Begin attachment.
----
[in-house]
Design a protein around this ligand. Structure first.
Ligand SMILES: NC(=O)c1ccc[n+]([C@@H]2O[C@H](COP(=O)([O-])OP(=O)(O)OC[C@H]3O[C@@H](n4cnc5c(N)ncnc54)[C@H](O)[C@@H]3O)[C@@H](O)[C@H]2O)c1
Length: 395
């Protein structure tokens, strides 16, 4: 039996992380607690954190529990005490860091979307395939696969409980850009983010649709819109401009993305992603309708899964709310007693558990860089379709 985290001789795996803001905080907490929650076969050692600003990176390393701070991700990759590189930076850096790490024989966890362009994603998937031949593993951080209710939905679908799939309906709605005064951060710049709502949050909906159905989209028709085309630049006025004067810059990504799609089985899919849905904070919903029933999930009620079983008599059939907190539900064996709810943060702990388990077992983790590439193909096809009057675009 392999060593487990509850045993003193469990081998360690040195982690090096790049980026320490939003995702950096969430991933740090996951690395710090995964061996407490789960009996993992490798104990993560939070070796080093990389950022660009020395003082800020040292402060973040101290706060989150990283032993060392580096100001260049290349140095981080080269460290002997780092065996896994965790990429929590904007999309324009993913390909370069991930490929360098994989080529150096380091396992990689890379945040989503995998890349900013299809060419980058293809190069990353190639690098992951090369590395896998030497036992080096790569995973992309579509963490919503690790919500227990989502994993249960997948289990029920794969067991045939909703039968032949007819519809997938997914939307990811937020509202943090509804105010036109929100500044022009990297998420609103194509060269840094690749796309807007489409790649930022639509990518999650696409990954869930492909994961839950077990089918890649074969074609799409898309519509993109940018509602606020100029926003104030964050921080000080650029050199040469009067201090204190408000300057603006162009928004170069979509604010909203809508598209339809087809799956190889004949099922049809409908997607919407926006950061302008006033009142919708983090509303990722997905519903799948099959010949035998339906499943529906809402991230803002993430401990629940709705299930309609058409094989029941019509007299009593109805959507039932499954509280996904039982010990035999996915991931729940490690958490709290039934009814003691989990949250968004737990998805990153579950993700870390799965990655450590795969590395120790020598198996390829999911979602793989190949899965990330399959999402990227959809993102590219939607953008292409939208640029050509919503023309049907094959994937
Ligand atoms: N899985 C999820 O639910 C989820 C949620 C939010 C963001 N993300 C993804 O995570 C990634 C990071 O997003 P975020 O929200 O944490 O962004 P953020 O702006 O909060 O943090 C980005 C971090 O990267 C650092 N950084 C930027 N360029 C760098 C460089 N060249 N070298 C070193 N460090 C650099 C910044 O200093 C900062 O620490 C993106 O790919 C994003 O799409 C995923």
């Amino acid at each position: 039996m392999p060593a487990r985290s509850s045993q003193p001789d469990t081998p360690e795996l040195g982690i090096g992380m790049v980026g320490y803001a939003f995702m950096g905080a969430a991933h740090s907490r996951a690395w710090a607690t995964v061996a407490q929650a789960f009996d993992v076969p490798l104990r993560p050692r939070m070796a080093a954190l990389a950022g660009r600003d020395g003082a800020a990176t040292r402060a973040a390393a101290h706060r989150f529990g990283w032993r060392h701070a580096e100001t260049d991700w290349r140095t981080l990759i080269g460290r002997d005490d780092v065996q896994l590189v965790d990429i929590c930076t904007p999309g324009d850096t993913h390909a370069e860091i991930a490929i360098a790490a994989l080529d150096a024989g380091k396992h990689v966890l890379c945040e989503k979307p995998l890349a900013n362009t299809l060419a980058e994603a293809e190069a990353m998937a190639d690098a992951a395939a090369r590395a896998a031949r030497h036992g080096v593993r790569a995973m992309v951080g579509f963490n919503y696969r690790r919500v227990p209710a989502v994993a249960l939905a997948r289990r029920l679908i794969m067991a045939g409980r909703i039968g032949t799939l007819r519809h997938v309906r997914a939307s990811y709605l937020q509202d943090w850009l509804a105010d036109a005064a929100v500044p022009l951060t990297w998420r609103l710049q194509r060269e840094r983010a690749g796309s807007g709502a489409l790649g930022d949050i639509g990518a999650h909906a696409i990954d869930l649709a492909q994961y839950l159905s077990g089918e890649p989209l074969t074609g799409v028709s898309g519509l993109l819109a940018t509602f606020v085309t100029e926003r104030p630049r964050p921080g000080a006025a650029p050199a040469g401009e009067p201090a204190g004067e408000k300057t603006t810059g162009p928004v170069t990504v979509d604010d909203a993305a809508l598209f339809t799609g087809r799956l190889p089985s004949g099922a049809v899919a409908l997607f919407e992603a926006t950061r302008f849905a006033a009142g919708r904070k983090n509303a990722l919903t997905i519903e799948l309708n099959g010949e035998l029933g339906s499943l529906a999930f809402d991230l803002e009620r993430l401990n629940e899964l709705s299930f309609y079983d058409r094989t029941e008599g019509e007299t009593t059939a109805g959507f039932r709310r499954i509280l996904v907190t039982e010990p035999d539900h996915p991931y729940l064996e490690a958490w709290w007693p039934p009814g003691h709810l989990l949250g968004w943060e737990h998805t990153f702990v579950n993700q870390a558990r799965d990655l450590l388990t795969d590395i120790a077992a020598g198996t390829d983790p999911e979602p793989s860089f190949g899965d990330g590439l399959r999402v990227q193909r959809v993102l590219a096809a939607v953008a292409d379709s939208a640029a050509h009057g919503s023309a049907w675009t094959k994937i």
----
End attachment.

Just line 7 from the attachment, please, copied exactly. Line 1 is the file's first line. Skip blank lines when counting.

């Amino acid at each position: 039996m392999p060593a487990r985290s509850s045993q003193p001789d469990t081998p360690e795996l040195g982690i090096g992380m790049v980026g320490y803001a939003f995702m950096g905080a969430a991933h740090s907490r996951a690395w710090a607690t995964v061996a407490q929650a789960f009996d993992v076969p490798l104990r993560p050692r939070m070796a080093a954190l990389a950022g660009r600003d020395g003082a800020a990176t040292r402060a973040a390393a101290h706060r989150f529990g990283w032993r060392h701070a580096e100001t260049d991700w290349r140095t981080l990759i080269g460290r002997d005490d780092v065996q896994l590189v965790d990429i929590c930076t904007p999309g324009d850096t993913h390909a370069e860091i991930a490929i360098a790490a994989l080529d150096a024989g380091k396992h990689v966890l890379c945040e989503k979307p995998l890349a900013n362009t299809l060419a980058e994603a293809e190069a990353m998937a190639d690098a992951a395939a090369r590395a896998a031949r030497h036992g080096v593993r790569a995973m992309v951080g579509f963490n919503y696969r690790r919500v227990p209710a989502v994993a249960l939905a997948r289990r029920l679908i794969m067991a045939g409980r909703i039968g032949t799939l007819r519809h997938v309906r997914a939307s990811y709605l937020q509202d943090w850009l509804a105010d036109a005064a929100v500044p022009l951060t990297w998420r609103l710049q194509r060269e840094r983010a690749g796309s807007g709502a489409l790649g930022d949050i639509g990518a999650h909906a696409i990954d869930l649709a492909q994961y839950l159905s077990g089918e890649p989209l074969t074609g799409v028709s898309g519509l993109l819109a940018t509602f606020v085309t100029e926003r104030p630049r964050p921080g000080a006025a650029p050199a040469g401009e009067p201090a204190g004067e408000k300057t603006t810059g162009p928004v170069t990504v979509d604010d909203a993305a809508l598209f339809t799609g087809r799956l190889p089985s004949g099922a049809v899919a409908l997607f919407e992603a926006t950061r302008f849905a006033a009142g919708r904070k983090n509303a990722l919903t997905i519903e799948l309708n099959g010949e035998l029933g339906s499943l529906a999930f809402d991230l803002e009620r993430l401990n629940e899964l709705s299930f309609y079983d058409r094989t029941e008599g019509e007299t009593t059939a109805g959507f039932r709310r499954i509280l996904v907190t039982e010990p035999d539900h996915p991931y729940l064996e490690a958490w709290w007693p039934p009814g003691h709810l989990l949250g968004w943060e737990h998805t990153f702990v579950n993700q870390a558990r799965d990655l450590l388990t795969d590395i120790a077992a020598g198996t390829d983790p999911e979602p793989s860089f190949g899965d990330g590439l399959r999402v990227q193909r959809v993102l590219a096809a939607v953008a292409d379709s939208a640029a050509h009057g919503s023309a049907w675009t094959k994937i």